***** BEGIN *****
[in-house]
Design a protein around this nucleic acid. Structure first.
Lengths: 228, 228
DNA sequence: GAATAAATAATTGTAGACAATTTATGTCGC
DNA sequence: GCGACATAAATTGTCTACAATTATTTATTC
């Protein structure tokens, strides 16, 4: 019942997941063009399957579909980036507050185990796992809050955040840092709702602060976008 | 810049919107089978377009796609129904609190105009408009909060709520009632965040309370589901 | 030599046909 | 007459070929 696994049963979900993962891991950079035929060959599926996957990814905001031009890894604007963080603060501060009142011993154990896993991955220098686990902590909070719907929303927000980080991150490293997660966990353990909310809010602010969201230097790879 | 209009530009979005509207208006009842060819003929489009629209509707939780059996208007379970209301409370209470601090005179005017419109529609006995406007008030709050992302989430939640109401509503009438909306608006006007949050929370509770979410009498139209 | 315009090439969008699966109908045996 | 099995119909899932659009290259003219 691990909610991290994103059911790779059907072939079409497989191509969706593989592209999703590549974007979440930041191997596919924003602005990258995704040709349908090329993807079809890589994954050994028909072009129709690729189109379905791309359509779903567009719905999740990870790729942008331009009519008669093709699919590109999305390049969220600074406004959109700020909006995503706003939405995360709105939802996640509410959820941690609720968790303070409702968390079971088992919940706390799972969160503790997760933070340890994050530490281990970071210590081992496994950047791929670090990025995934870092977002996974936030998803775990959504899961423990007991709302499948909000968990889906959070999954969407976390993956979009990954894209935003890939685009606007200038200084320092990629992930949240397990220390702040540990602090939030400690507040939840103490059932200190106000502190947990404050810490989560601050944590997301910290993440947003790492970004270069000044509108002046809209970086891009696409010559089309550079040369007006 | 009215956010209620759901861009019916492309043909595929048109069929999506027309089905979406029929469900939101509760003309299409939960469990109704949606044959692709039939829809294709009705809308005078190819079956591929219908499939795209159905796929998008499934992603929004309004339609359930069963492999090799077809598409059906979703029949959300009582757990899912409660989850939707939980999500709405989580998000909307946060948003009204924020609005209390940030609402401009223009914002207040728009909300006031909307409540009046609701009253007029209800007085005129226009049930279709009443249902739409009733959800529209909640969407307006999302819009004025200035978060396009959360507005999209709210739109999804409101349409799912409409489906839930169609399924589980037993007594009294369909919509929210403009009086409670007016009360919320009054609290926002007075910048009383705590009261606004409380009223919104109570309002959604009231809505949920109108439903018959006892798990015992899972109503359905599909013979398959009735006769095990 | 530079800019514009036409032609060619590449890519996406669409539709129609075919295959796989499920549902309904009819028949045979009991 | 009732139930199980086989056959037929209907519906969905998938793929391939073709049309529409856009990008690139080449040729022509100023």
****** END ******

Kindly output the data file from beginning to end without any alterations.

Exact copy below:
[in-house]
Design a protein around this nucleic acid. Structure first.
Lengths: 228, 228
DNA sequence: GAATAAATAATTGTAGACAATTTATGTCGC
DNA sequence: GCGACATAAATTGTCTACAATTATTTATTC
């Protein structure tokens, strides 16, 4: 019942997941063009399957579909980036507050185990796992809050955040840092709702602060976008 | 810049919107089978377009796609129904609190105009408009909060709520009632965040309370589901 | 030599046909 | 007459070929 696994049963979900993962891991950079035929060959599926996957990814905001031009890894604007963080603060501060009142011993154990896993991955220098686990902590909070719907929303927000980080991150490293997660966990353990909310809010602010969201230097790879 | 209009530009979005509207208006009842060819003929489009629209509707939780059996208007379970209301409370209470601090005179005017419109529609006995406007008030709050992302989430939640109401509503009438909306608006006007949050929370509770979410009498139209 | 315009090439969008699966109908045996 | 099995119909899932659009290259003219 691990909610991290994103059911790779059907072939079409497989191509969706593989592209999703590549974007979440930041191997596919924003602005990258995704040709349908090329993807079809890589994954050994028909072009129709690729189109379905791309359509779903567009719905999740990870790729942008331009009519008669093709699919590109999305390049969220600074406004959109700020909006995503706003939405995360709105939802996640509410959820941690609720968790303070409702968390079971088992919940706390799972969160503790997760933070340890994050530490281990970071210590081992496994950047791929670090990025995934870092977002996974936030998803775990959504899961423990007991709302499948909000968990889906959070999954969407976390993956979009990954894209935003890939685009606007200038200084320092990629992930949240397990220390702040540990602090939030400690507040939840103490059932200190106000502190947990404050810490989560601050944590997301910290993440947003790492970004270069000044509108002046809209970086891009696409010559089309550079040369007006 | 009215956010209620759901861009019916492309043909595929048109069929999506027309089905979406029929469900939101509760003309299409939960469990109704949606044959692709039939829809294709009705809308005078190819079956591929219908499939795209159905796929998008499934992603929004309004339609359930069963492999090799077809598409059906979703029949959300009582757990899912409660989850939707939980999500709405989580998000909307946060948003009204924020609005209390940030609402401009223009914002207040728009909300006031909307409540009046609701009253007029209800007085005129226009049930279709009443249902739409009733959800529209909640969407307006999302819009004025200035978060396009959360507005999209709210739109999804409101349409799912409409489906839930169609399924589980037993007594009294369909919509929210403009009086409670007016009360919320009054609290926002007075910048009383705590009261606004409380009223919104109570309002959604009231809505949920109108439903018959006892798990015992899972109503359905599909013979398959009735006769095990 | 530079800019514009036409032609060619590449890519996406669409539709129609075919295959796989499920549902309904009819028949045979009991 | 009732139930199980086989056959037929209907519906969905998938793929391939073709049309529409856009990008690139080449040729022509100023």